2. UNC team describes novel inflammatory protein function
3. NIH team describes protective role of skin microbiota
4. New report describes 7 essential steps toward an AIDS-free generation
5. Jeffrey W. Olin, DO, authors study that describes symptoms and severity of fibromuscular dysplasia
6. Study Says Timing of Lunch May Impact Weight Loss – Celebrity Beverly Hills Doctor Discusses the Findings
7. Sovereign Health of California Is Concerned About Recent CDC Findings Highlighting The Health Risk of Alcohol Abuse And Binge Drinking Among Women
8. Researchers uncover genes role in rheumatoid arthritis, findings pave way for new treatments
9. Study findings have potential to prevent,reverse disabilities in children born prematurely
10. New findings on killer bacterias defence
11. Lorna Kleidman Responds to New Findings that Exercise Enhances Memory
Post Your Comments:
*Name:
*Comment:
*Email:
(Date:4/25/2017)... ... April 25, 2017 , ... As President Trump challenges the ... how his administration could impact the employee benefits industry. James Slotnick, AVP, Government ... likely to make it through Congress. His discussion will focus on the current ...
(Date:4/25/2017)... ... April 25, 2017 , ... Patients who would ... results in a fraction of the time as traditional braces – Wilckodontics®. Dr. ... Specialists, now offers this revolutionary treatment with or without a referral. , ...
(Date:4/25/2017)... ... April 25, 2017 , ... Buyers and sellers in the ... dispensaries and head shops –can’t help but be heartened by the industry’s current surge. ... odor aptly described as “skunk smell.” At last they can simply, safely and ...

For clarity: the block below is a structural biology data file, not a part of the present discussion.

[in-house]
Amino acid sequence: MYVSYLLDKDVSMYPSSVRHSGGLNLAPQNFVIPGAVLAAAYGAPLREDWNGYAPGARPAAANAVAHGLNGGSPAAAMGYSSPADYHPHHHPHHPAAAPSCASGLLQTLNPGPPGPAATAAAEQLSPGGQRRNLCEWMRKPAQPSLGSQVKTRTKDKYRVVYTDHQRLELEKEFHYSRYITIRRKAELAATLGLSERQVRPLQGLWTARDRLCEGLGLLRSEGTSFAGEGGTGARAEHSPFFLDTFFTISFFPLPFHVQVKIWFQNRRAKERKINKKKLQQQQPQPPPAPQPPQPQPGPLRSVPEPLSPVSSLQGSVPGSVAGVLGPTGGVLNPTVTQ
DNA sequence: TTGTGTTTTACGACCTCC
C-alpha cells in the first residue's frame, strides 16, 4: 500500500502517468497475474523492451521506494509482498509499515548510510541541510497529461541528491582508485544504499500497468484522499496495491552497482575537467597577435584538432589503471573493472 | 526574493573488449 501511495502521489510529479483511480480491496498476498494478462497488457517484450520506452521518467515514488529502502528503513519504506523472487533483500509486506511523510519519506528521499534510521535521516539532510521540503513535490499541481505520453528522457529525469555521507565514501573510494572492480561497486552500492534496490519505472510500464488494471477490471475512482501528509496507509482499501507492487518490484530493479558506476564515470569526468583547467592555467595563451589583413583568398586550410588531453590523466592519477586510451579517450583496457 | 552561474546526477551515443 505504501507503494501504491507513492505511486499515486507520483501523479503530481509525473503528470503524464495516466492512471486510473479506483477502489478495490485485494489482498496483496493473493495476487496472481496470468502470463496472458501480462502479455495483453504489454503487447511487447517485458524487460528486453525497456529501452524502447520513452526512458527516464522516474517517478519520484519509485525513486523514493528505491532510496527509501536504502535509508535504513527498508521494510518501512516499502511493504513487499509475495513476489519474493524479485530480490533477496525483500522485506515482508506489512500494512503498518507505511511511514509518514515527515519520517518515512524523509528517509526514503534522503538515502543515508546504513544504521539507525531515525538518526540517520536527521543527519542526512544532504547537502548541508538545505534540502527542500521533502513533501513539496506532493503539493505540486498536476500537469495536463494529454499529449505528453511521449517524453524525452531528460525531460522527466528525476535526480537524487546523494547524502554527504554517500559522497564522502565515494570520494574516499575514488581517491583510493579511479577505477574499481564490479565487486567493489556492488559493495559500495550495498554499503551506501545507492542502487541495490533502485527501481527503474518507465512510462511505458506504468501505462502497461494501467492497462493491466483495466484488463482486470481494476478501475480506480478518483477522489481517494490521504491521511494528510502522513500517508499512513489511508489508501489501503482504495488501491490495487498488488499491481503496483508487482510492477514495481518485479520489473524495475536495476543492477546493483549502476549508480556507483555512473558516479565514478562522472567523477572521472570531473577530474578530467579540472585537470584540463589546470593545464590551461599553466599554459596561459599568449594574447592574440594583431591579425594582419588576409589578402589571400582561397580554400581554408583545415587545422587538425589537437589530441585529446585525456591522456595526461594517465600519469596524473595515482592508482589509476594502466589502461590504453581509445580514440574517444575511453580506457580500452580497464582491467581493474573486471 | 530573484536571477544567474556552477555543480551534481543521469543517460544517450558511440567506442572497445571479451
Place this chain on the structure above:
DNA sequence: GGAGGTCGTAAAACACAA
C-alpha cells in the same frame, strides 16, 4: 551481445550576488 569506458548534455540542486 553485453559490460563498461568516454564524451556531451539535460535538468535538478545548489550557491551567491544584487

(Date:4/25/2017)... ... April 25, 2017 , ... There is no better place in South Florida ... report in the May issue of Consumer Reports focused on heart health. , ... achieved during and after coronary bypass and aortic valve replacement procedures. , Consumer ...
(Date:4/24/2017)... ... April 24, 2017 , ... ... featuring Bring Your Own Device (BYOD) capabilities at Telehealth 2.0, the American Telemedicine ... telehealth bundles, which pairs medical devices with a pre-programmed tablet in a remarkably ...
Breaking Medicine News(10 mins):
(Date:4/20/2017)... LUND, Sweden , April 20, 2017 /PRNewswire/ ... OTCQX: NEVPF) ("NeuroVive") today announced positive preclinical ... company,s preclinical compound for non-alcoholic steatohepatitis (NASH), ... NV556 has previously ... STAM™ NASH model. Today, NeuroVive,s scientists present ...
(Date:4/19/2017)...  IRIDEX Corporation (Nasdaq: IRIX ) today ... first quarter 2017 after the close of trading on ... host a corresponding conference call beginning at 2:30 p.m. ... in listening to the conference call may do so ... 326-3030 for international callers, using conference ID: 92158987.  A ...
(Date:4/19/2017)... DIEGO , April 19, 2017  Sorrento ... an antibody-centric, clinical-stage biopharmaceutical company developing new treatments ... announced the closing of its previously announced underwritten ... stock at a public offering price of $2.00 ... and estimated offering expenses payable by Sorrento.  The ...
Breaking Medicine Technology: